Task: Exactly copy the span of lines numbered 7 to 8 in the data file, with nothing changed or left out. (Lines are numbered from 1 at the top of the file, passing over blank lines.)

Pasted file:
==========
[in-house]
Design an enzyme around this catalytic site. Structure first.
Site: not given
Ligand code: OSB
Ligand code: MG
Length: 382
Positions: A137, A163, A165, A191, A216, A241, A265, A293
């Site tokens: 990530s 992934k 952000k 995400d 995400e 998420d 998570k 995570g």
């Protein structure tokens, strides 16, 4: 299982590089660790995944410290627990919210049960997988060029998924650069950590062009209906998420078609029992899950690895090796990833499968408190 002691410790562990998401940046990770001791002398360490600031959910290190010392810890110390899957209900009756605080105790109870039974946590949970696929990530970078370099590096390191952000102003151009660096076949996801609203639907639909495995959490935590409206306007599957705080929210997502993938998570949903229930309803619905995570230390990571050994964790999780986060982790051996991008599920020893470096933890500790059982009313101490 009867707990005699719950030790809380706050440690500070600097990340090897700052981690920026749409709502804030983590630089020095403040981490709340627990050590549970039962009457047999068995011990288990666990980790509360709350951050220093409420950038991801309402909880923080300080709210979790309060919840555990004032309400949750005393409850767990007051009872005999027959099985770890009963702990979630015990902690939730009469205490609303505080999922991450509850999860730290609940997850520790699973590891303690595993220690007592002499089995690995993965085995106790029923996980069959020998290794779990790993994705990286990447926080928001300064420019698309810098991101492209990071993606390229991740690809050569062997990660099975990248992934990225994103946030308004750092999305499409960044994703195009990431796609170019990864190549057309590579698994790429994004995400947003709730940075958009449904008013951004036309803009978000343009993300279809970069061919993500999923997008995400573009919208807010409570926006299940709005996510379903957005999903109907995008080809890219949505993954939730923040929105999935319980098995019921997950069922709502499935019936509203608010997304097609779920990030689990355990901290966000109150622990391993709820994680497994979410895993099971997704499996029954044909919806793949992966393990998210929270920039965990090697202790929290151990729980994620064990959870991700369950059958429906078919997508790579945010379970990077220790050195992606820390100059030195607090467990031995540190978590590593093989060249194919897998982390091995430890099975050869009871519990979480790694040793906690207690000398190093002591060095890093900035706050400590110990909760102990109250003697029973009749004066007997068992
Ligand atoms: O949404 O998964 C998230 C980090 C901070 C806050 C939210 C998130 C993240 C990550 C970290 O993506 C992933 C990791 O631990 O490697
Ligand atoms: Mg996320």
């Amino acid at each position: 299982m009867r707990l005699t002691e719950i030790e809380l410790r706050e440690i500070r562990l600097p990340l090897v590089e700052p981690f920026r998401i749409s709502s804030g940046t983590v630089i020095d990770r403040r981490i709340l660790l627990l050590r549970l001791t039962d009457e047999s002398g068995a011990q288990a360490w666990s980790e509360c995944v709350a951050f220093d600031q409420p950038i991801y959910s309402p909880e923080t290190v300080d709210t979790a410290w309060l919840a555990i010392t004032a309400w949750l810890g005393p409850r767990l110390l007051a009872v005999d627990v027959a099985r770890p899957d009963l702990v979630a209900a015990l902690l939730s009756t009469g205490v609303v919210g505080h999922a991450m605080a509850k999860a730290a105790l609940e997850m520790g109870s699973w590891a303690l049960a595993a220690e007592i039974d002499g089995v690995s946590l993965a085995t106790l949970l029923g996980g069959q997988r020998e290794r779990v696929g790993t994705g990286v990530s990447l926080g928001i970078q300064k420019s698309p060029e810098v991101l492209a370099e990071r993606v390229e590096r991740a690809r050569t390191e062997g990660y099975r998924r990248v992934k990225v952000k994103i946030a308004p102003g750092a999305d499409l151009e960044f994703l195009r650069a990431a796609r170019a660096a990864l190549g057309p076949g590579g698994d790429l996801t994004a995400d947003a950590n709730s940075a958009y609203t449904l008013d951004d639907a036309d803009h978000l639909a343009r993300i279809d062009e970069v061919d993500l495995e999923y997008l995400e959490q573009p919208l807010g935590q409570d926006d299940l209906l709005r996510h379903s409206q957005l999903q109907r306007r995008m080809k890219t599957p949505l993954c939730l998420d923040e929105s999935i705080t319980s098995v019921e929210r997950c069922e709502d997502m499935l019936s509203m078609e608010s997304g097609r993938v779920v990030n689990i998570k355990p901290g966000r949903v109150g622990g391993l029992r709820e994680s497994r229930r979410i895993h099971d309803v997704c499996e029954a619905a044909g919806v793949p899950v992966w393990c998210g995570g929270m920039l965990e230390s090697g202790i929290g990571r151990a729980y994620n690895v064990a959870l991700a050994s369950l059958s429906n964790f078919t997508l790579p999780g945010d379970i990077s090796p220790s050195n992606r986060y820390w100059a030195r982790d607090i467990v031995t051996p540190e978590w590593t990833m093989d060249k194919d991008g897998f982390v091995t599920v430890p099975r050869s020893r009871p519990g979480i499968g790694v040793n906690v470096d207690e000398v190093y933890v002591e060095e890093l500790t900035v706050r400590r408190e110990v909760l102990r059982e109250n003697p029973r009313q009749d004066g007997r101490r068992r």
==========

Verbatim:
Positions: A137, A163, A165, A191, A216, A241, A265, A293
């Site tokens: 990530s 992934k 952000k 995400d 995400e 998420d 998570k 995570g």